Making the Business Case for Farm Safety
Did you know that safety plans and procedures are good for business? In fact, farm safety is an essential aspect of any successful and long-lasting farm operation.
We all know that there are inherent risks with working in agriculture. According to the Canadian Agricultural Injury Reporting (CAIR), agriculture ranks as the fourth most hazardous industry in Canada with fatal injury rates. And in terms of absolute numbers of fatalities, there is no more dangerous occupation.
Agriculture is unique because farms and ranches aren’t just worksites but also places where people of all ages live and take part in recreational activities. That means while farmers and farm workers are at risk of serious injuries, so too are farm families. According to data from CAIR, between 2006 and 2015, 84 children and youth lost their lives to agriculture-related injuries.
Safety is everyone’s responsibility. That’s why safety needs to be included with any farm business risk management plan. Looking at safety from an economic perspective can benefit your farm business’ bottom line, but more importantly, it will ensure the wellbeing of your family, workers, and visitors.
After all, there’s no question that safety risks on the farm have business and financial consequences, along with physical and emotional impacts. That’s why it’s good business practice to prevent safety risks before they happen and assess them just like any other business risk.
Think of it this way: farm safety risk management is like the business principle of “a dollar saved is worth more than a dollar earned.” That’s because a loss prevented is worth more than increased production. Start by reviewing the potential direct and indirect costs of injuries to get a complete picture of the financial implications that safety issues will have on your operation’s success and longevity.
Of course, embracing safety as a business practice also means changing how people look at farm safety.
- Instead of viewing farming as an exception to workplace safety legislation, keep in mind that farming is a career/business operation and that a farm is a workplace.
- Rather than thinking, “Farm safety restricts me and keeps from doing certain things,” consider it from a risk management perspective and how it will improve your business and personal life.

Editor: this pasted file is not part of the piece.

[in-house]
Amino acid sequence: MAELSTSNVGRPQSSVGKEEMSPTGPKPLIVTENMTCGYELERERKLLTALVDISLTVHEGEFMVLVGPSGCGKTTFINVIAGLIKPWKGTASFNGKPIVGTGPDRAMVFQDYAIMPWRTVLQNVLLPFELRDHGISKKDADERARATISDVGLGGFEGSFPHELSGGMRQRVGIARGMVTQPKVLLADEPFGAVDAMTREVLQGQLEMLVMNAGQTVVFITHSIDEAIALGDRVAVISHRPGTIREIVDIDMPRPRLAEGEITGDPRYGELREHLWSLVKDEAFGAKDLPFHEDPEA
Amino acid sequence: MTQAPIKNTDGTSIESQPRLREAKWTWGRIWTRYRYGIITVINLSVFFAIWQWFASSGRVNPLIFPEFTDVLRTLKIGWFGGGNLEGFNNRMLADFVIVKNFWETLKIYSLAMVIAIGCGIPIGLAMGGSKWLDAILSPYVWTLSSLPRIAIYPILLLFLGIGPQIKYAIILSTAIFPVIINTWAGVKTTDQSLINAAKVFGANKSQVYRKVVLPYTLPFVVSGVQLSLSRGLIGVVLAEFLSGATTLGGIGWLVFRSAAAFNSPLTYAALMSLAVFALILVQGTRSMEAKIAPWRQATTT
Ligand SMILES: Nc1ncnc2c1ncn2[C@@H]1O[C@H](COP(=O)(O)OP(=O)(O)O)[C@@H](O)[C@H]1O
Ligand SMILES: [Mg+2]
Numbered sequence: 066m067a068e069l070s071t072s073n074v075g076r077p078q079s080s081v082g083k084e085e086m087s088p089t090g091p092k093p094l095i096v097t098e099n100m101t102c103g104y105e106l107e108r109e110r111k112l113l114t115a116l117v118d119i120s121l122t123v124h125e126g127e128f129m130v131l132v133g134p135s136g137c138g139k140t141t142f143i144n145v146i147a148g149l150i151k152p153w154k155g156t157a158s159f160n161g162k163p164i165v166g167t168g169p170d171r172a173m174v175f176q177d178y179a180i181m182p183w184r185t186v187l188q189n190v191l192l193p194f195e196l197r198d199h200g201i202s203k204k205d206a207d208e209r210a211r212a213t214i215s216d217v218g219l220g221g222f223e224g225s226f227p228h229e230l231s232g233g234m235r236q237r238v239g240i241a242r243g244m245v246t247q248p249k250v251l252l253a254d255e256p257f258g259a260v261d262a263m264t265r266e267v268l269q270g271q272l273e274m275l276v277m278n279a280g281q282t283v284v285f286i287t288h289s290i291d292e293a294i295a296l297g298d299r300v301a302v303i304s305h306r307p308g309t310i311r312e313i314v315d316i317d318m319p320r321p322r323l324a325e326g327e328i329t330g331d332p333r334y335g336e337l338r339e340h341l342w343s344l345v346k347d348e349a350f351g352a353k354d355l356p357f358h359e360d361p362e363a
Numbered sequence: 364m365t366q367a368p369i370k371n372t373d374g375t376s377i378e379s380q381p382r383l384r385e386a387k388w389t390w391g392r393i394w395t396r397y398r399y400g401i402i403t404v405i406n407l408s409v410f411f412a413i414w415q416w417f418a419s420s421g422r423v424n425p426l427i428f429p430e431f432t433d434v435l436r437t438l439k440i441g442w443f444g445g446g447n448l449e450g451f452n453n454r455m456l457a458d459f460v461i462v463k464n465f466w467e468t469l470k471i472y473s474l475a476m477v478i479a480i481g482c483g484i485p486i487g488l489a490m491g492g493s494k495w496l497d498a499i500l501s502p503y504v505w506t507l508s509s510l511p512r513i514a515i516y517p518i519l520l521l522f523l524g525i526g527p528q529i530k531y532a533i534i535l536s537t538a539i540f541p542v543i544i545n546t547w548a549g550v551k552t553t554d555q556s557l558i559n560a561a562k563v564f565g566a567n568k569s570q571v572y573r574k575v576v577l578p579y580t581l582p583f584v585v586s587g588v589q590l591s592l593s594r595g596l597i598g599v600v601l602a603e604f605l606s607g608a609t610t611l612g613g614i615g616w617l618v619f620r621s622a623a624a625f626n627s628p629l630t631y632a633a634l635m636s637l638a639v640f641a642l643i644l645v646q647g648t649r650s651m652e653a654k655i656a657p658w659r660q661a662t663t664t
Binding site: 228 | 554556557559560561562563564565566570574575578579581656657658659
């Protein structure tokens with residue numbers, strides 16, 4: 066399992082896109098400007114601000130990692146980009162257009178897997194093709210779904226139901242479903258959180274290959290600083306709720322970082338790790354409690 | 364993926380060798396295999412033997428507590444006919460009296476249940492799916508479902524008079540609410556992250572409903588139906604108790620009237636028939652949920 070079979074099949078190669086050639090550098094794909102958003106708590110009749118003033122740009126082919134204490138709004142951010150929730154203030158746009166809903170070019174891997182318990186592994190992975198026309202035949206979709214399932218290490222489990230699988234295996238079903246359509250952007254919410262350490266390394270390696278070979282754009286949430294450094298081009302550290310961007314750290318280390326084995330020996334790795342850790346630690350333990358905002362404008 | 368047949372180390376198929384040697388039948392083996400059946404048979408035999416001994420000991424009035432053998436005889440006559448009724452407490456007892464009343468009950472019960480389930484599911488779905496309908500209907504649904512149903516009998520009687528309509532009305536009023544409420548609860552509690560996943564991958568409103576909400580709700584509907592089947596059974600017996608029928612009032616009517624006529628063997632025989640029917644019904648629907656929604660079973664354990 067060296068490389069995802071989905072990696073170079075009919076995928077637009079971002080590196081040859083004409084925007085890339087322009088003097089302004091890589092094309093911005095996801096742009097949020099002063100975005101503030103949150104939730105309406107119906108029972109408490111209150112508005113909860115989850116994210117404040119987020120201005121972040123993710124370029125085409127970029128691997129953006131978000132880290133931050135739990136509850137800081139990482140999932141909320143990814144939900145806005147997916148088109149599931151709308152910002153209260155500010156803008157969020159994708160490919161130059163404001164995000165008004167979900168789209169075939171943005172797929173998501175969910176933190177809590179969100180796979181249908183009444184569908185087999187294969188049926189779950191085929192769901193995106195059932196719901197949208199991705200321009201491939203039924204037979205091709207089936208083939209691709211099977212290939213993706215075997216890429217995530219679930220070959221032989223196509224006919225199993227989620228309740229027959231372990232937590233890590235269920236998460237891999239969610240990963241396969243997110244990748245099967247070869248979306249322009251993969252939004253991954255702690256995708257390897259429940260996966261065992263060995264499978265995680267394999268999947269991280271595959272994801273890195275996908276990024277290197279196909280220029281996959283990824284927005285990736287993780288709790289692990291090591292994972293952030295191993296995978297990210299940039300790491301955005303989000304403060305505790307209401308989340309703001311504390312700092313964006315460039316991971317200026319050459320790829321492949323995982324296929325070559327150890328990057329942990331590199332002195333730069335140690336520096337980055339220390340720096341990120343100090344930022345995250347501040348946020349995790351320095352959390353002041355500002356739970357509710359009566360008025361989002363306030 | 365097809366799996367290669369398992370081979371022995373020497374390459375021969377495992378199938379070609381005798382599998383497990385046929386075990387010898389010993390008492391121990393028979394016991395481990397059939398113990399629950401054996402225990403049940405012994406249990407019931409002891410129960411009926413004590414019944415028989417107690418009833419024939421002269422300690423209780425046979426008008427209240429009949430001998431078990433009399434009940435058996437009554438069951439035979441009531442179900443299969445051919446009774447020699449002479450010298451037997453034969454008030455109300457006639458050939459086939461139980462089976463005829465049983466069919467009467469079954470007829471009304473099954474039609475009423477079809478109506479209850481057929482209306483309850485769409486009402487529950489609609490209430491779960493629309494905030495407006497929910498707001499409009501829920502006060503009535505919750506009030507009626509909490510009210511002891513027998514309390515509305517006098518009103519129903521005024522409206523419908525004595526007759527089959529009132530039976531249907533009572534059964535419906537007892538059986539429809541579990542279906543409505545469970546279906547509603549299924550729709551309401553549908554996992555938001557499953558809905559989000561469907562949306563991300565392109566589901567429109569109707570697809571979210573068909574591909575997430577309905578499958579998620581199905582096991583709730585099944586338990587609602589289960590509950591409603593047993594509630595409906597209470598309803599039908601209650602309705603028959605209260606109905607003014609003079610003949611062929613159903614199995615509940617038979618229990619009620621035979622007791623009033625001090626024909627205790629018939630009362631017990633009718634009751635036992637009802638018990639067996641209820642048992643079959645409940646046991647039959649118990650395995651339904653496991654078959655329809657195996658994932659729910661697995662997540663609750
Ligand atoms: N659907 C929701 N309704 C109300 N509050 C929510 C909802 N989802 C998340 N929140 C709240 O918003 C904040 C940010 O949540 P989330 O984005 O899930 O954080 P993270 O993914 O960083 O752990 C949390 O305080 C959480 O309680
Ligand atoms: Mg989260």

The 2020 Canadian Ag Safety Study conducted by FCC Market Insights found that 72% of producers have had an injury or close call on their operation at some point in their lifetime. And though these producers are more likely to recognize health and safety risks, they are less motivated to improve safety on their farm than producers who have not had an incident.
While there are various reasons for this behaviour, a contributing factor is certainly because many people think creating a safety plan is a long and challenging process. However, dealing with the aftermath of a serious workplace injury or fatality is a far longer and more complicated process.
The truth is that safety plans and procedures are easy to establish. Not to mention that the long-term benefits of safety measures FAR outweigh any efforts involved with creating farm safety plans and procedures.
There are four main steps to take in making farms safer for everyone:
- Commitment. First and foremost, there must be a commitment to farm safety and health communicated to everyone who lives on, works at, and visits the farm.
- Hazard recognition. Recognize and acknowledge hazards on the farm to understand what can impact progress. Be mindful that hazards can be biological, chemical, ergonomic, physical, or lifestyle.
- Control strategies. Implement control strategies for the hazards. These strategies fall into five categories: personal wellness assessments, integrated safety standard operating procedures, emergency response plans, training; or investigations.
- Communication. Communicate safety and health measures with everyone at the farm.
Want to make safety part of your farm business risk management plan but not sure where to start? To help take the guess work out of developing a robust safety program, CASA’s Canada FarmSafe Plan is available to download: www.casa-acsa.ca/en/resources/canada-farmsafe-plan/.
Remember that investing in safety means investing in the well-being of your family, your employees, and, of course, your business.
For more than a decade, CASA has been raising awareness about the importance of safety on Canadian farms through Canadian Agricultural Safety Week (CASW), which takes place every year during the third week of March. CASW is presented by Farm Credit Canada. In 2022, CASW sponsors include long-time corporate sponsor Farm Credit Canada, as well as CN, Syngenta, Bayer Crop Science, and Fertilizer Canada.
Article written by the Canadian Agricultural Safety Association, with edits by Elite Agri Solutions.